October 2, 2023, Annual Grant Application Packet Available
November 10, 2023, Annual Grant Applications due to ICTF
January 2023 Annual Grant Award Decisions
April 2, 2024, New Annual Grantee Project Start Date
May 2024 Annual Grantee Training
March 31, 2025, Project Period Ends
May 16, 2025, All Funds Paid Out
- Programs must be located in Idaho or provide services to residents of Idaho.
- Grants are available to public or private non-profit and faith-based organizations, government agencies, (e.g. schools or health departments) or qualified individuals who provide community based educational or service programs designed to reduce or prevent child abuse and neglect.
- Programs must have an Employer Identification Number (EIN) and an identified fiscal agent.
- Programs must provide certificates of commercial general liability insurance and worker’s compensation insurance with their grant application.
- Applicants must register for a Unique Entity Identifier (UEI) prior to applying for the grant and include it on the application. No grantee will receive an award without a UEI number. Click here if you do not have a UEI number.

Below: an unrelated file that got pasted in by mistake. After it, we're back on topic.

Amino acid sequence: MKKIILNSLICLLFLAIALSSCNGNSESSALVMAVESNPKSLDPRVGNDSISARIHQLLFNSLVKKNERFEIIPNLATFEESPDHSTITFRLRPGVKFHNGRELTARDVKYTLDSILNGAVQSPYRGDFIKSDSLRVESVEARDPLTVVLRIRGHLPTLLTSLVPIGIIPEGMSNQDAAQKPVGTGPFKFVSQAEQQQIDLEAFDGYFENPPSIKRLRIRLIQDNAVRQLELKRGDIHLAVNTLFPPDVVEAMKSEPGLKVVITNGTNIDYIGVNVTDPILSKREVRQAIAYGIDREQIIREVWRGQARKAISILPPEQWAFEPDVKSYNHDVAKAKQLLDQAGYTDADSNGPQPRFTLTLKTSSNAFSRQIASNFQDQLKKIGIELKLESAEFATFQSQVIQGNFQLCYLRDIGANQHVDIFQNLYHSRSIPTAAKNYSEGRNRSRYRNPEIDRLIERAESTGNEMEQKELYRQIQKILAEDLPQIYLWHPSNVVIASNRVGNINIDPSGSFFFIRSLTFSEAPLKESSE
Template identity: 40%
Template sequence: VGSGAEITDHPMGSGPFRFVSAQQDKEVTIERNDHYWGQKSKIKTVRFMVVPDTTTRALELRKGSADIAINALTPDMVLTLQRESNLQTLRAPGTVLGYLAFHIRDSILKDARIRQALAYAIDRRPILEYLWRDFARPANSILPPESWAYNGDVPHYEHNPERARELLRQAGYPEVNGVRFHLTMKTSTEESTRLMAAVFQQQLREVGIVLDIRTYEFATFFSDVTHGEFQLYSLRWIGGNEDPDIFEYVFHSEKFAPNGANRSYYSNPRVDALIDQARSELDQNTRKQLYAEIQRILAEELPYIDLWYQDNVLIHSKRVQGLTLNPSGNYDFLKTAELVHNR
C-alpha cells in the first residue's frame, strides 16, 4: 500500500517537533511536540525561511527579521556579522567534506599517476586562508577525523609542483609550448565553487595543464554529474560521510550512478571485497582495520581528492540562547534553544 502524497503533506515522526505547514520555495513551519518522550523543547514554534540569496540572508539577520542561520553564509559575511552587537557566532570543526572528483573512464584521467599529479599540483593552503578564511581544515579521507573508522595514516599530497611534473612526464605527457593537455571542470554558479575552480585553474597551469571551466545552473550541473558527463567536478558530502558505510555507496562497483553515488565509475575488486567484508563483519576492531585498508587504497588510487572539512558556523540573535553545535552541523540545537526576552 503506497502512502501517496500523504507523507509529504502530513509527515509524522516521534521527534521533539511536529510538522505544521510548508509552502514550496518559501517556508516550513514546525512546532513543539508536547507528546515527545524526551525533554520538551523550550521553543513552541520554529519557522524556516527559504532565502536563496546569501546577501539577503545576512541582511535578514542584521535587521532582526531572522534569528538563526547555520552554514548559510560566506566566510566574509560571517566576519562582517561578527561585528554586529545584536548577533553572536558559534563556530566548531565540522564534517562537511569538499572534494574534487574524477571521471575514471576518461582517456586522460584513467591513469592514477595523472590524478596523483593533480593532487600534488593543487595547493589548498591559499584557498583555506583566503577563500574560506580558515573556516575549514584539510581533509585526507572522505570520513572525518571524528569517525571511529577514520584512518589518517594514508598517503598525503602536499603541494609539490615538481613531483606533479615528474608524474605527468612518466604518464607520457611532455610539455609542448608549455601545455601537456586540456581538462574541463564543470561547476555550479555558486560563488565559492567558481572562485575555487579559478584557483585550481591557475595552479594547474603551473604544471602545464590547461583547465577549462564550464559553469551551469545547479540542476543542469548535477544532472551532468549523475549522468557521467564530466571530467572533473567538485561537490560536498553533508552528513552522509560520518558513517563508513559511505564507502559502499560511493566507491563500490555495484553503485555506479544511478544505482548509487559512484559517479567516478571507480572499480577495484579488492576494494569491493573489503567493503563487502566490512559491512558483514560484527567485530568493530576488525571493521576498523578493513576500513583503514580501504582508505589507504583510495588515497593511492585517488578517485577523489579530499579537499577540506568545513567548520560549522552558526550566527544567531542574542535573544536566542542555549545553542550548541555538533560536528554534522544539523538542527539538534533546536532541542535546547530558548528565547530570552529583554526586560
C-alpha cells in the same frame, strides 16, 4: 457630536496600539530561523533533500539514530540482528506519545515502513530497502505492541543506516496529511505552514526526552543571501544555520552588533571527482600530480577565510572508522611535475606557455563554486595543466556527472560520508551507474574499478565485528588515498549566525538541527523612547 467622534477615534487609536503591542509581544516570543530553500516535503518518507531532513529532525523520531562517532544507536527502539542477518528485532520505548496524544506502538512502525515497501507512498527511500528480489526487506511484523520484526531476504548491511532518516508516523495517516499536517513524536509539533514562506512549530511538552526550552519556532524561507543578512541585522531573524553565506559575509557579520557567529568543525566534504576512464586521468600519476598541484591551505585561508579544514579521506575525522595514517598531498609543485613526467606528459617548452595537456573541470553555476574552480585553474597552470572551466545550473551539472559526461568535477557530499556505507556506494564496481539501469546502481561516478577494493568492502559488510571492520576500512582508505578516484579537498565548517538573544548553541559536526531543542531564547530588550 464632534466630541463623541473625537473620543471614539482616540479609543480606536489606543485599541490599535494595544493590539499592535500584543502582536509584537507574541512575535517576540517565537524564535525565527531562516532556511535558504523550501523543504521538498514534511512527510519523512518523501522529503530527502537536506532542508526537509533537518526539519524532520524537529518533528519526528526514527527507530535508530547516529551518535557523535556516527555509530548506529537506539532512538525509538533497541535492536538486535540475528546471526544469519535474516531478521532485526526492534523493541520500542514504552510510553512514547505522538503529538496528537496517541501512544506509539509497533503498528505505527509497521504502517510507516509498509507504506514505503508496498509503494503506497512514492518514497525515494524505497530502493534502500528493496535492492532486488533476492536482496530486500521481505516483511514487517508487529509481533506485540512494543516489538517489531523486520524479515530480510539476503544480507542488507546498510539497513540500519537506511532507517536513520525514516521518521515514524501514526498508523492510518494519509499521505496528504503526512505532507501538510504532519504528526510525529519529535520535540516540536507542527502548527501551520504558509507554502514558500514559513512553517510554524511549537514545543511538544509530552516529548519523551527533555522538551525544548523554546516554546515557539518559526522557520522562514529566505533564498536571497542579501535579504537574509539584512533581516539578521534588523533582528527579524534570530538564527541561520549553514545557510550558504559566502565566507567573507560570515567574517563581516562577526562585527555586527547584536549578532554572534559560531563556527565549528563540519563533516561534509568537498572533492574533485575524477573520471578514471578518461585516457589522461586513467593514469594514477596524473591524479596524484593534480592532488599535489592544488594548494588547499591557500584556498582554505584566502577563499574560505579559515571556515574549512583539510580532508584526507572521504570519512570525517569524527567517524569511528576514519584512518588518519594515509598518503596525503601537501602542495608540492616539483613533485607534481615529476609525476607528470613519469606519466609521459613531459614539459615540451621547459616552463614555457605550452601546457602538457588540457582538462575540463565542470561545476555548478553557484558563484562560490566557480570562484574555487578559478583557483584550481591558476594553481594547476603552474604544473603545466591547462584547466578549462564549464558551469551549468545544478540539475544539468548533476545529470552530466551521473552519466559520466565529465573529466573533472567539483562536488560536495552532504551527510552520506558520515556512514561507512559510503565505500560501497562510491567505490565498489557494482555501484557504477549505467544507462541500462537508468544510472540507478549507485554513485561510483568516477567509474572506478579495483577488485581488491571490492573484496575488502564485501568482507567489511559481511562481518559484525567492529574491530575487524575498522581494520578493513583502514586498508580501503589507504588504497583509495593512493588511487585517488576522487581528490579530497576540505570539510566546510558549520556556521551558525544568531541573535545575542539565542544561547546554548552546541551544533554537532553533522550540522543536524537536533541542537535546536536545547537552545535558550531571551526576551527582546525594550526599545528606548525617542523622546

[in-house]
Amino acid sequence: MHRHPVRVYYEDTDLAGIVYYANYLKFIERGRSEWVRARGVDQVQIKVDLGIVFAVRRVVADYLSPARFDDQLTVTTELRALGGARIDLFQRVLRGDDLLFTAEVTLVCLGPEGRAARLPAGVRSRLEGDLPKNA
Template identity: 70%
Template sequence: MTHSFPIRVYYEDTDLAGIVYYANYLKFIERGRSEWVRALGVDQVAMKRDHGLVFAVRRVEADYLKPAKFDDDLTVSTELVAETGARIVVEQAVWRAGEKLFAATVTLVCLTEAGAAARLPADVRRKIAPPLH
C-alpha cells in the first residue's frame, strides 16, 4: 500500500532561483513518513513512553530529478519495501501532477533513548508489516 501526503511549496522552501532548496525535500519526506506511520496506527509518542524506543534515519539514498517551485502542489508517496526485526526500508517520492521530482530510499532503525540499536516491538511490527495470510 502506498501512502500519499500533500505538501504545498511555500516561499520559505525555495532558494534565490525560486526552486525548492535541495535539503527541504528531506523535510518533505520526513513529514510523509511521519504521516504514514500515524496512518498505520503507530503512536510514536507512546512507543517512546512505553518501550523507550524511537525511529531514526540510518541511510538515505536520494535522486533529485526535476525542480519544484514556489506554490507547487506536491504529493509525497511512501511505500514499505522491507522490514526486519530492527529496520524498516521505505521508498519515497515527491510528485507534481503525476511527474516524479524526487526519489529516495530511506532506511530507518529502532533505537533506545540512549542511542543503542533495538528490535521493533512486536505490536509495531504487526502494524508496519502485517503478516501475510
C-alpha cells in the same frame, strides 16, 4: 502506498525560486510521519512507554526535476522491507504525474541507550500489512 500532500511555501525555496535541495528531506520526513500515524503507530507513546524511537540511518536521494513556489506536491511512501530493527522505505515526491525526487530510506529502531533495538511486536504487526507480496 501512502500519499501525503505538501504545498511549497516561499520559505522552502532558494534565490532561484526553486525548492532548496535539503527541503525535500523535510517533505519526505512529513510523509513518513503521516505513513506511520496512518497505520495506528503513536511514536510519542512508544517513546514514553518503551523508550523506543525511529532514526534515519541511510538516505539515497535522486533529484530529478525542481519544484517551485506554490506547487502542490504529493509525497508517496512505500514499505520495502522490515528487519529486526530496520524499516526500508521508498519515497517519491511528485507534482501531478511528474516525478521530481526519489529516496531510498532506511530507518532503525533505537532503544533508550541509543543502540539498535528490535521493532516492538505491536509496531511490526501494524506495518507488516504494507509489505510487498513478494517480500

- Proposed projects should be carefully designed with strategies for preventing or reducing the occurrence of child abuse or neglect based within the strength-based protective factors framework and using, whenever possible, evidence-based curriculum and evaluation tools. (https://www.cssp.org/reform/strengtheningfamilies/about)
- Proposed projects must be designed using research based or best practice methods. Research must be cited in the grant application.
- Proposed projects should be designed in a way that will help to solve challenges that are specific to the targeted population; e.g., services for Hispanic families should take into consideration the possibility of specific language barriers and cultural issues.
- Project staff must be willing to collect, maintain and report various demographic and programmatic data about their services.